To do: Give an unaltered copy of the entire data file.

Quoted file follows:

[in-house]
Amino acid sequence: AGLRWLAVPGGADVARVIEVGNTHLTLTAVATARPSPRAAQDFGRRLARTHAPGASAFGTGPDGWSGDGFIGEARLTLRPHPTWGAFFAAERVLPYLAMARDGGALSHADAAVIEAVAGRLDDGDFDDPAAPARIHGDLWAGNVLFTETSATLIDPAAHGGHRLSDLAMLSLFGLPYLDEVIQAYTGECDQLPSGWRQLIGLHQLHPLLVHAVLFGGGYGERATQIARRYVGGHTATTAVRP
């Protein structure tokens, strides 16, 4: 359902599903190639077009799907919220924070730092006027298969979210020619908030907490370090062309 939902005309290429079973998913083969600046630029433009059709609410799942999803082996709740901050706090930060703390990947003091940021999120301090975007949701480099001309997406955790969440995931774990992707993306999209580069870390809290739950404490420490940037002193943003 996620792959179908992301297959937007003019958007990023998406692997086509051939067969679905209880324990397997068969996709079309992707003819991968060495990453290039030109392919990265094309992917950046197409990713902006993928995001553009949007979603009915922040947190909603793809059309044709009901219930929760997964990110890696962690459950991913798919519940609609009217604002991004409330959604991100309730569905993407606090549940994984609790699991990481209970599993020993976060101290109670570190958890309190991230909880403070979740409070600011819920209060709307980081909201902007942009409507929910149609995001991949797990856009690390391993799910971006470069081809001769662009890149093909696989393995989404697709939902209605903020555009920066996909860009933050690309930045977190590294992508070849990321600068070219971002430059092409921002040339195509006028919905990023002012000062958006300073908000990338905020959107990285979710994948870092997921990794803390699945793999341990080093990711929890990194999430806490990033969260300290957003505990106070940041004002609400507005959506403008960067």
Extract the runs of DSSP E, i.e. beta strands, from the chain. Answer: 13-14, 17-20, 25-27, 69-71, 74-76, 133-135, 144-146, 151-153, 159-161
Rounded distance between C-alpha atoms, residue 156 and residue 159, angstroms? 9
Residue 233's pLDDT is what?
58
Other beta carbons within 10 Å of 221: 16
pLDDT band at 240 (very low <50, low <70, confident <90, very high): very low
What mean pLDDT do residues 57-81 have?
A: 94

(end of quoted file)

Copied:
[in-house]
Amino acid sequence: AGLRWLAVPGGADVARVIEVGNTHLTLTAVATARPSPRAAQDFGRRLARTHAPGASAFGTGPDGWSGDGFIGEARLTLRPHPTWGAFFAAERVLPYLAMARDGGALSHADAAVIEAVAGRLDDGDFDDPAAPARIHGDLWAGNVLFTETSATLIDPAAHGGHRLSDLAMLSLFGLPYLDEVIQAYTGECDQLPSGWRQLIGLHQLHPLLVHAVLFGGGYGERATQIARRYVGGHTATTAVRP
């Protein structure tokens, strides 16, 4: 359902599903190639077009799907919220924070730092006027298969979210020619908030907490370090062309 939902005309290429079973998913083969600046630029433009059709609410799942999803082996709740901050706090930060703390990947003091940021999120301090975007949701480099001309997406955790969440995931774990992707993306999209580069870390809290739950404490420490940037002193943003 996620792959179908992301297959937007003019958007990023998406692997086509051939067969679905209880324990397997068969996709079309992707003819991968060495990453290039030109392919990265094309992917950046197409990713902006993928995001553009949007979603009915922040947190909603793809059309044709009901219930929760997964990110890696962690459950991913798919519940609609009217604002991004409330959604991100309730569905993407606090549940994984609790699991990481209970599993020993976060101290109670570190958890309190991230909880403070979740409070600011819920209060709307980081909201902007942009409507929910149609995001991949797990856009690390391993799910971006470069081809001769662009890149093909696989393995989404697709939902209605903020555009920066996909860009933050690309930045977190590294992508070849990321600068070219971002430059092409921002040339195509006028919905990023002012000062958006300073908000990338905020959107990285979710994948870092997921990794803390699945793999341990080093990711929890990194999430806490990033969260300290957003505990106070940041004002609400507005959506403008960067």
Extract the runs of DSSP E, i.e. beta strands, from the chain. Answer: 13-14, 17-20, 25-27, 69-71, 74-76, 133-135, 144-146, 151-153, 159-161
Rounded distance between C-alpha atoms, residue 156 and residue 159, angstroms? 9
Residue 233's pLDDT is what?
58
Other beta carbons within 10 Å of 221: 16
pLDDT band at 240 (very low <50, low <70, confident <90, very high): very low
What mean pLDDT do residues 57-81 have?
A: 94